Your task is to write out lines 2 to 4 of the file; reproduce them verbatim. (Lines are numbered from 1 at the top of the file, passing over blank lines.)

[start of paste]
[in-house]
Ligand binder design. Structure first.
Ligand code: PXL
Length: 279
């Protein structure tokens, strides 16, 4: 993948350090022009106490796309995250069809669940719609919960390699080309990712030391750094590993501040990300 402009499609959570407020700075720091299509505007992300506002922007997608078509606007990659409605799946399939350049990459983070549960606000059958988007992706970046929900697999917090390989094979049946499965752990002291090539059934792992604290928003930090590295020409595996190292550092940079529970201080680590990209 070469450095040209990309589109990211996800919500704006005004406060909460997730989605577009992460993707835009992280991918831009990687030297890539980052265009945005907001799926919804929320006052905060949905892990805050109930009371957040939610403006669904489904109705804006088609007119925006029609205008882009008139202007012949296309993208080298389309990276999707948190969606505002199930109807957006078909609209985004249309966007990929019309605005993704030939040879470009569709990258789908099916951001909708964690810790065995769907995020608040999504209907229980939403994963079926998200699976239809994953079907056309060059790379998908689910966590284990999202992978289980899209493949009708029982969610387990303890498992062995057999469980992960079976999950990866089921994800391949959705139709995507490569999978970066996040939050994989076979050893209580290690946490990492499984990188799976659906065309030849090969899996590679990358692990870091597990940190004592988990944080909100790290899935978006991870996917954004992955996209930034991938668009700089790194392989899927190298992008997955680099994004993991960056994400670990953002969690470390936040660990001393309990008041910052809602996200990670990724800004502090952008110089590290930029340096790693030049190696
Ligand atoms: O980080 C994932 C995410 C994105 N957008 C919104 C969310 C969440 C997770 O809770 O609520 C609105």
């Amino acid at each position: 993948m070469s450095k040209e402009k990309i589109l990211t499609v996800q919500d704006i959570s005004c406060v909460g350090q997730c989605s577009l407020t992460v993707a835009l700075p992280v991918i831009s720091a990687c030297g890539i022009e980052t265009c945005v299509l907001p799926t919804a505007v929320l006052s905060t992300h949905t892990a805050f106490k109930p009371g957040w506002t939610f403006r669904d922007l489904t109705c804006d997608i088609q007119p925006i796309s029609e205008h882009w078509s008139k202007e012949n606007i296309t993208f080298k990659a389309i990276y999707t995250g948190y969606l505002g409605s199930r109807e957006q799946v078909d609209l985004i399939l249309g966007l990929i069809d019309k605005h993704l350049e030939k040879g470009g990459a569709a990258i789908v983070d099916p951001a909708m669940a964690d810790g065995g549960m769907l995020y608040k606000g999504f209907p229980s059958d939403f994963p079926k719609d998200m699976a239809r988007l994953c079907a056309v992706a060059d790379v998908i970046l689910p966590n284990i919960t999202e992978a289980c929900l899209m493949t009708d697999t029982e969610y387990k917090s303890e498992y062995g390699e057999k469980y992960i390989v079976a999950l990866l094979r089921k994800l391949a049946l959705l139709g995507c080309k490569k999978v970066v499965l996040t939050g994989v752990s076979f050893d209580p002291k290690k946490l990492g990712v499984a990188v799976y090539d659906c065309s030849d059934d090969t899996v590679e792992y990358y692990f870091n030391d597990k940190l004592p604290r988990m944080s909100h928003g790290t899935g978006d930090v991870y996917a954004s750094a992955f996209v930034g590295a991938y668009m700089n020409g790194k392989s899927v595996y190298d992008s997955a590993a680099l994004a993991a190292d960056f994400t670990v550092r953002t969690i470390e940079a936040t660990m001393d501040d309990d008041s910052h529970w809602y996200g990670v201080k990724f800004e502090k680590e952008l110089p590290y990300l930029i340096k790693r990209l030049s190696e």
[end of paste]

Ligand binder design. Structure first.
Ligand code: PXL
Length: 279